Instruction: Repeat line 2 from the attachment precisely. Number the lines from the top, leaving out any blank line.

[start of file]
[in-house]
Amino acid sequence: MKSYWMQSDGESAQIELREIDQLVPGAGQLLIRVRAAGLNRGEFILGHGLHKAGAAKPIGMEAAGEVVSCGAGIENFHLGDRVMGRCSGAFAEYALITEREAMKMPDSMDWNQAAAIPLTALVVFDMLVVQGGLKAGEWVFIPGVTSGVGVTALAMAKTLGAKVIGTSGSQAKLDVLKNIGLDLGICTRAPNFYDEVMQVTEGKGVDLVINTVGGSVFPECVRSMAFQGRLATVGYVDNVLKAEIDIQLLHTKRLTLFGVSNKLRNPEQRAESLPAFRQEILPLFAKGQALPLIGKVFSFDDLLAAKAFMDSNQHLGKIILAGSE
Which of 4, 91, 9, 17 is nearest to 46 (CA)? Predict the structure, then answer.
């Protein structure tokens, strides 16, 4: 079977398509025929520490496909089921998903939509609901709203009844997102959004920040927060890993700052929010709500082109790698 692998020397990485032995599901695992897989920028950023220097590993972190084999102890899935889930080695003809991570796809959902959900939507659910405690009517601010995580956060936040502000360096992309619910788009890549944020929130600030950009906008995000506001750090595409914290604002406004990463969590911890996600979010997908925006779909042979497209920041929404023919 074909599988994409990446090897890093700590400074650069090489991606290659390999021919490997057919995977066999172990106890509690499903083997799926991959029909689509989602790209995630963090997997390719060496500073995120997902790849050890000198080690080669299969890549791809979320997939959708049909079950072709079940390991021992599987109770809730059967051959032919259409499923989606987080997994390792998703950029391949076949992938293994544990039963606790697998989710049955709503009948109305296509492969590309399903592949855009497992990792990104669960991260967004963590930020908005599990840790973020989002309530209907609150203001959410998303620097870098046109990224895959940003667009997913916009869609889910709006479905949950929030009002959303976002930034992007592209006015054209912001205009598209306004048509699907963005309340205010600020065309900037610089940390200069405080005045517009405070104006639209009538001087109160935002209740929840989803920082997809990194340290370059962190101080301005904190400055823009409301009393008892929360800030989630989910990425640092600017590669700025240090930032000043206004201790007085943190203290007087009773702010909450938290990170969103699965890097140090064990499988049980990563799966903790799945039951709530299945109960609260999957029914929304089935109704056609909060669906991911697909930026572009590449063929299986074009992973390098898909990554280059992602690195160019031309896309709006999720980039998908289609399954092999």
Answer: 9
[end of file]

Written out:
Amino acid sequence: MKSYWMQSDGESAQIELREIDQLVPGAGQLLIRVRAAGLNRGEFILGHGLHKAGAAKPIGMEAAGEVVSCGAGIENFHLGDRVMGRCSGAFAEYALITEREAMKMPDSMDWNQAAAIPLTALVVFDMLVVQGGLKAGEWVFIPGVTSGVGVTALAMAKTLGAKVIGTSGSQAKLDVLKNIGLDLGICTRAPNFYDEVMQVTEGKGVDLVINTVGGSVFPECVRSMAFQGRLATVGYVDNVLKAEIDIQLLHTKRLTLFGVSNKLRNPEQRAESLPAFRQEILPLFAKGQALPLIGKVFSFDDLLAAKAFMDSNQHLGKIILAGSE